There are a number of adjustments that can be made to the throttle body, it is easy to get mixed up as to which is which.
The idle adjustment is a small brass set screw on top of the coolant heated section at the back (firewall side) of the throttle body. This is the only proper way to adjust the idle speed.
2)Idle up adjuster:
The idle up solenoid actuates a vacuum diaphram, which then drives a throttle stop on the driver's side of the throttle body. This has a small philips head screw, set in a shroud, that adjusts the amount of idle up you get when the idle up controller kicks in. To adjust, turn on the headlights, the idle up relay should kick in, and adjust the screw so that the rpms are no more than 1100 to 1200. If you screw this in too far, the idle up box cuts out, makingthe engine hunt up and down.
3) Throttle plate stop
At the rear of the throttle body there is a screw, set in the factory and yellow painted to stop you adjusting it. This screw is only to prevent wear on the throttle plate, and should not be used to adjust slow idle revs. It should just touch as the throttle is shut down, allowing the throttle plate to fully close, yet taking the force of the mechanism shutting down. Use of this screw to adjust slow idle will result in poor slow running stability.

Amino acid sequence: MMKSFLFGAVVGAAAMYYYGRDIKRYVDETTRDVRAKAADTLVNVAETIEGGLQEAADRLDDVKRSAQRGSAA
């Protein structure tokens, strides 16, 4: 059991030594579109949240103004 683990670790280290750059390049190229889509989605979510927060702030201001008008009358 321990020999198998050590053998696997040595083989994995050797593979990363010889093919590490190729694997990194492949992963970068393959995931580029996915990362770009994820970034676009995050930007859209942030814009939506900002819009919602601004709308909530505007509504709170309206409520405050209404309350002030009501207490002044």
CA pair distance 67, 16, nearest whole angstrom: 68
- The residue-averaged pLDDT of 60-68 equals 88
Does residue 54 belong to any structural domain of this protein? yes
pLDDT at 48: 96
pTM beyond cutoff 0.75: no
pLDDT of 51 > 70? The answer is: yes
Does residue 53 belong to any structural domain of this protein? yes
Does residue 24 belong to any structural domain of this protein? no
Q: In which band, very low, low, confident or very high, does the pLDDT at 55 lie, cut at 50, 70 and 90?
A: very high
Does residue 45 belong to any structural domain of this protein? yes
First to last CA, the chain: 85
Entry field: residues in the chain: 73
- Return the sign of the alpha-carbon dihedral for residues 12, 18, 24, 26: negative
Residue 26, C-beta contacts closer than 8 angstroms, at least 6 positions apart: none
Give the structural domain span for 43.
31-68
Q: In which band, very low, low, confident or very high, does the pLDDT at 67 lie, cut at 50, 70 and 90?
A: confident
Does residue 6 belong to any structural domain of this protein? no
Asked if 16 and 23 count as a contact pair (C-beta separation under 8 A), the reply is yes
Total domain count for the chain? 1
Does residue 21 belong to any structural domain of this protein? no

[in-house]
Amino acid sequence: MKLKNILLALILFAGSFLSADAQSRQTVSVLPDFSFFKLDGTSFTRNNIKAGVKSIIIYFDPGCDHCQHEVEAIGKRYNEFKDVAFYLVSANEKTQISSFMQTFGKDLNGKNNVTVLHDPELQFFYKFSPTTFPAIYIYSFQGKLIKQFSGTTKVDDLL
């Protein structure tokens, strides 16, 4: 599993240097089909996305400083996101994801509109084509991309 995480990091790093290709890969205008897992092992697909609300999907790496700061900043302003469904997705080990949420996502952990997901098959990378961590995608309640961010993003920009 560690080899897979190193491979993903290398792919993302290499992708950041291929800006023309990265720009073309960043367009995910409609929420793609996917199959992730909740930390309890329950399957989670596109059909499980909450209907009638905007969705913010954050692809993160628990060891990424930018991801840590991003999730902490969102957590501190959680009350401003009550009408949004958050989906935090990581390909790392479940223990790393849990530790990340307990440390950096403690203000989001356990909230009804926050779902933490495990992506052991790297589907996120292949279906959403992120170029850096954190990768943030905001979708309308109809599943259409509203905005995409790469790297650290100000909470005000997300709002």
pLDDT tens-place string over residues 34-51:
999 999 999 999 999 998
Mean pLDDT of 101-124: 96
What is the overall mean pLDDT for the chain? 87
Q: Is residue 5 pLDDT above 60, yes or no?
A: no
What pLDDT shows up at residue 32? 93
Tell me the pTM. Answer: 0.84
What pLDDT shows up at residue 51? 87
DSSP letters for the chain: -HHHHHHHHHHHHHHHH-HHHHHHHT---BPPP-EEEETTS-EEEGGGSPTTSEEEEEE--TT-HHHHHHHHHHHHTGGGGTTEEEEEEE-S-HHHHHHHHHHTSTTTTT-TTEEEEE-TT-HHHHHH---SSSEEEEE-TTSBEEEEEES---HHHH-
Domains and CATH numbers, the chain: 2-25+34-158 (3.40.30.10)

Hunting - revs go up and down by themselves:
The common causes of hunting seem to be:
1) Vacuum leak (post throttle) such as a cracked vacuum line to MAP sensors.
2) Worn or misaligned throttle plates (unlikely to be seen unless you pull the throttle body apart)
3) Air bubble in the top of the cylinder head coolant exit. Let air & small amount of coolant out of the bleed nipple to eliminate any air near the TW sensor.
4) Poorly adjusted idle up mechanism (idle up clicks in and out)
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